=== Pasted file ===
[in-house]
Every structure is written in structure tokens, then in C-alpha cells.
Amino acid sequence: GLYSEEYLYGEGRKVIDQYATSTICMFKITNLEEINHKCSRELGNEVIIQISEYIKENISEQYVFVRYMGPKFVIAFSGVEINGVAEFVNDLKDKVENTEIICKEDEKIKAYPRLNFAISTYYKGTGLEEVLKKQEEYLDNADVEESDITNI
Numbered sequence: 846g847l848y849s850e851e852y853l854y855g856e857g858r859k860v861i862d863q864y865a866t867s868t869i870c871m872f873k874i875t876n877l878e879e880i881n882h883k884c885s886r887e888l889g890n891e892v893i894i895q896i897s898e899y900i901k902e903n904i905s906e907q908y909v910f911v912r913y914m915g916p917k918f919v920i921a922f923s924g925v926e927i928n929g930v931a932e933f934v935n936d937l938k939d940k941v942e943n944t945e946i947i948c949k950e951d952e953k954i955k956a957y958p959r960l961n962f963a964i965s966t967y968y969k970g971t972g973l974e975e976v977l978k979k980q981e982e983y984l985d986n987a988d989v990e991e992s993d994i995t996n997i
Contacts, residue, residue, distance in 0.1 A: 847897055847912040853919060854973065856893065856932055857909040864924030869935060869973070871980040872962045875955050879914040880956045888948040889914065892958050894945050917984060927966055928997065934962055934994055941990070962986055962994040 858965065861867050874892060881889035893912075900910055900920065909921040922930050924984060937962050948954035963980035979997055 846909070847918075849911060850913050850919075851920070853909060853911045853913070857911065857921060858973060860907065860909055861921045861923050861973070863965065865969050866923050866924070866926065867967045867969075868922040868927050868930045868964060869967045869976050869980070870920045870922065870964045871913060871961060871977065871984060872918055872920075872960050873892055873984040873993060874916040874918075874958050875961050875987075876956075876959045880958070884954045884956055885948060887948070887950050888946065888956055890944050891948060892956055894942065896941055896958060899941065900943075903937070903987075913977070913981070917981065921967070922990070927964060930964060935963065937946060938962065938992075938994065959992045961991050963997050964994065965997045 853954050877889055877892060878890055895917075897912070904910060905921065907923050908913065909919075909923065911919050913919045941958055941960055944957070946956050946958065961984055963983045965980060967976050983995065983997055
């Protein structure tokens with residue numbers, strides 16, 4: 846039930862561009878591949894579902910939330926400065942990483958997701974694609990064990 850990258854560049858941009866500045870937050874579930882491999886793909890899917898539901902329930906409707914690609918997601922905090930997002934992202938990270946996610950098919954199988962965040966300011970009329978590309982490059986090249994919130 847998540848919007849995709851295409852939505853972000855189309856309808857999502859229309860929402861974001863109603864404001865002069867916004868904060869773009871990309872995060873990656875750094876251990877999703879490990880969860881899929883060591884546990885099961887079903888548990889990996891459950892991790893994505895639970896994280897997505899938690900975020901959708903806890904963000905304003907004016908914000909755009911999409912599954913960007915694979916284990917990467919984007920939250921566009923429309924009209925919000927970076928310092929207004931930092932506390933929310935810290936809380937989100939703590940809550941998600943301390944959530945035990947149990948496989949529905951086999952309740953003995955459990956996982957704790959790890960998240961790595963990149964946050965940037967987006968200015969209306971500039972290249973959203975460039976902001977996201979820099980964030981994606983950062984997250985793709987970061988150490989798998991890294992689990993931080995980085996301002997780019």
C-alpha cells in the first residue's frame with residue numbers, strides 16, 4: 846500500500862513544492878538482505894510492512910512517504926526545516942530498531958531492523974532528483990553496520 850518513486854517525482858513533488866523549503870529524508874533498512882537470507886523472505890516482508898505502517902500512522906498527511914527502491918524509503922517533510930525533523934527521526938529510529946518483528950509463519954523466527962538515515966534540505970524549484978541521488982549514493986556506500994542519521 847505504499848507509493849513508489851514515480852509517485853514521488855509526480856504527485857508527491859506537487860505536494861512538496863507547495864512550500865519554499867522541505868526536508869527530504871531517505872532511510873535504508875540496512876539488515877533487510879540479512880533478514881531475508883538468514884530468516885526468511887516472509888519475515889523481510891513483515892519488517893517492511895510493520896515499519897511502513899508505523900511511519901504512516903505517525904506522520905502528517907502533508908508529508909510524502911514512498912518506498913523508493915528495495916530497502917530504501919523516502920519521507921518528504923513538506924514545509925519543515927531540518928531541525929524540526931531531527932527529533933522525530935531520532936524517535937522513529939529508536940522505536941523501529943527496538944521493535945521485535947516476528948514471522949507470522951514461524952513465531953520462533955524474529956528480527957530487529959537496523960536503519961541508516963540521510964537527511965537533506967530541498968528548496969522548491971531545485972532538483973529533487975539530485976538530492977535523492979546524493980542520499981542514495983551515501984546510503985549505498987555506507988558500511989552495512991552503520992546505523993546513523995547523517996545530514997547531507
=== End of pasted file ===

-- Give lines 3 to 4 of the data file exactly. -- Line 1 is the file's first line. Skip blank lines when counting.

Amino acid sequence: GLYSEEYLYGEGRKVIDQYATSTICMFKITNLEEINHKCSRELGNEVIIQISEYIKENISEQYVFVRYMGPKFVIAFSGVEINGVAEFVNDLKDKVENTEIICKEDEKIKAYPRLNFAISTYYKGTGLEEVLKKQEEYLDNADVEESDITNI
Numbered sequence: 846g847l848y849s850e851e852y853l854y855g856e857g858r859k860v861i862d863q864y865a866t867s868t869i870c871m872f873k874i875t876n877l878e879e880i881n882h883k884c885s886r887e888l889g890n891e892v893i894i895q896i897s898e899y900i901k902e903n904i905s906e907q908y909v910f911v912r913y914m915g916p917k918f919v920i921a922f923s924g925v926e927i928n929g930v931a932e933f934v935n936d937l938k939d940k941v942e943n944t945e946i947i948c949k950e951d952e953k954i955k956a957y958p959r960l961n962f963a964i965s966t967y968y969k970g971t972g973l974e975e976v977l978k979k980q981e982e983y984l985d986n987a988d989v990e991e992s993d994i995t996n997i